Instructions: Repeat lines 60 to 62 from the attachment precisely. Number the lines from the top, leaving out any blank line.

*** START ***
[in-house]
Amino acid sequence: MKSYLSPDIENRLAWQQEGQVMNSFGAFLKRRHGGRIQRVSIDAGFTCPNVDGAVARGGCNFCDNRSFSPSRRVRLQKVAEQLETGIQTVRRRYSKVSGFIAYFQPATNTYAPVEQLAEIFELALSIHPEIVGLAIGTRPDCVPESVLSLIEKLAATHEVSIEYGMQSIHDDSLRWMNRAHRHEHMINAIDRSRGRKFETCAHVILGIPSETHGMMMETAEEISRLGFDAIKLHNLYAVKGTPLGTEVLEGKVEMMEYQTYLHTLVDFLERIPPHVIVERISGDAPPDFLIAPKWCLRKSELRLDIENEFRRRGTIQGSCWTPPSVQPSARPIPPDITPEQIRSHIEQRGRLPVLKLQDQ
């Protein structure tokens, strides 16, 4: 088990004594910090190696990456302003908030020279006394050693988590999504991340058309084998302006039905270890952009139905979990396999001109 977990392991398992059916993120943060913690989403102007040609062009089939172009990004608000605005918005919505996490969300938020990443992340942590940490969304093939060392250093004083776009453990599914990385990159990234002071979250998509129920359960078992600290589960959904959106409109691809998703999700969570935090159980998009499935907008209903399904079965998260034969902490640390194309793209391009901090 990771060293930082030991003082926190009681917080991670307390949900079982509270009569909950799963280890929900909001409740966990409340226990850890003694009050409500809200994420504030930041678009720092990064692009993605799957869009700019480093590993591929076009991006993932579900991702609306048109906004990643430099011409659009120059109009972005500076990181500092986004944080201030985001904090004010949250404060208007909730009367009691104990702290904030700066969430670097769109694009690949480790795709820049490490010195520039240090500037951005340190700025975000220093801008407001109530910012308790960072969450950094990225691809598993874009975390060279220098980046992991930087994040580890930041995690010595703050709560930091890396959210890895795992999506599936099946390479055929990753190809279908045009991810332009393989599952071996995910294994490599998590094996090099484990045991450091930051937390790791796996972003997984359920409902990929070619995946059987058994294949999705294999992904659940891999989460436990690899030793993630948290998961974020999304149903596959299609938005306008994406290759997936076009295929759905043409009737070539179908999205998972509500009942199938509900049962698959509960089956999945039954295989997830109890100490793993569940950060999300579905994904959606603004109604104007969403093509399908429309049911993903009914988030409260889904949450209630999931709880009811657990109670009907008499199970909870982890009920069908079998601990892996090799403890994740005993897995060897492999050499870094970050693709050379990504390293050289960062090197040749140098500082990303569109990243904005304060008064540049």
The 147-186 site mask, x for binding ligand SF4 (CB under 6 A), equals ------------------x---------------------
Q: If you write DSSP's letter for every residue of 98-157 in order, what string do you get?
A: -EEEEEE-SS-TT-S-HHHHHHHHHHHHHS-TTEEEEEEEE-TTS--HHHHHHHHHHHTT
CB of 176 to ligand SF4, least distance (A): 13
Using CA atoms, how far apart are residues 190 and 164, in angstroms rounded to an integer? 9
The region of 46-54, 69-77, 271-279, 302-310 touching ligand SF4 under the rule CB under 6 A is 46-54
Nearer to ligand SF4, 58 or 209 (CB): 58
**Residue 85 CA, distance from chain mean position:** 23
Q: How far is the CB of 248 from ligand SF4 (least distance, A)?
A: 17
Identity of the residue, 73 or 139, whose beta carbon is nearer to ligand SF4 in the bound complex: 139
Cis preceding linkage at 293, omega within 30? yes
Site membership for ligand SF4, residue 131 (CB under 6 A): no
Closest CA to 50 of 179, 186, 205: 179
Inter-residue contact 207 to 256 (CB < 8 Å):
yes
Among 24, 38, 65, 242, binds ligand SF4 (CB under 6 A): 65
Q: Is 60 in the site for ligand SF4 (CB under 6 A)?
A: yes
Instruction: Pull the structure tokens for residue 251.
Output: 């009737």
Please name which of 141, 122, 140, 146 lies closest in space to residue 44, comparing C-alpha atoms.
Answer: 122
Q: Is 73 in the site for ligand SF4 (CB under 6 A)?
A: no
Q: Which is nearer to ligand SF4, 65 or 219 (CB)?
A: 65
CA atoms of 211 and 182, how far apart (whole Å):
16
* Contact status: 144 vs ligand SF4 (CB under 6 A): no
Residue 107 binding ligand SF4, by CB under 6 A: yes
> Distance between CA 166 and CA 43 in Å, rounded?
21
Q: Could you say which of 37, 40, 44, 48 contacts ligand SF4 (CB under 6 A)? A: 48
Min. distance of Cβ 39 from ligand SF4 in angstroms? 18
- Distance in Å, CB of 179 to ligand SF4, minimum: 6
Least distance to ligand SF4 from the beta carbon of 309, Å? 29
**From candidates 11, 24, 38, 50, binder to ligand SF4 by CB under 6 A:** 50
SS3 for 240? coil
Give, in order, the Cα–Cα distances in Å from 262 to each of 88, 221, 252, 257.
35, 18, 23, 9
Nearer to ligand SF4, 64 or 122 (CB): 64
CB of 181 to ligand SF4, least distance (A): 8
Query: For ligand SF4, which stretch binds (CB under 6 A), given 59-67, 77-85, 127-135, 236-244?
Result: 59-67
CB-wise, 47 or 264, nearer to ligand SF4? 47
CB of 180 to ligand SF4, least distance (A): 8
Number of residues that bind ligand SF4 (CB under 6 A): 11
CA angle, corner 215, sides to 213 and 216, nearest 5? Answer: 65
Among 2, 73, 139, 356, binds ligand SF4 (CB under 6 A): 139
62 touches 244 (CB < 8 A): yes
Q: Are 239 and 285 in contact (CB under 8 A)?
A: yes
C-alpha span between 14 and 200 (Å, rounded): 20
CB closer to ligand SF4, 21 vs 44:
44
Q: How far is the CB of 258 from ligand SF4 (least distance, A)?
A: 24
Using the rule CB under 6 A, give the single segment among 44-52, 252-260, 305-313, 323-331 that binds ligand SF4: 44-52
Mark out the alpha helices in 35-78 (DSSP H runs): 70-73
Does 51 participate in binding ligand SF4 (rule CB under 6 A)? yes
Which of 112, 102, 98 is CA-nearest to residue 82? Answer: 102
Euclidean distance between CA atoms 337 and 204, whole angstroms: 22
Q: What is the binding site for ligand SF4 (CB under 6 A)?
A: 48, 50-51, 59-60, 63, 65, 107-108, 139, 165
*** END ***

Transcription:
Q: How far is the CB of 258 from ligand SF4 (least distance, A)?
A: 24
Using the rule CB under 6 A, give the single segment among 44-52, 252-260, 305-313, 323-331 that binds ligand SF4: 44-52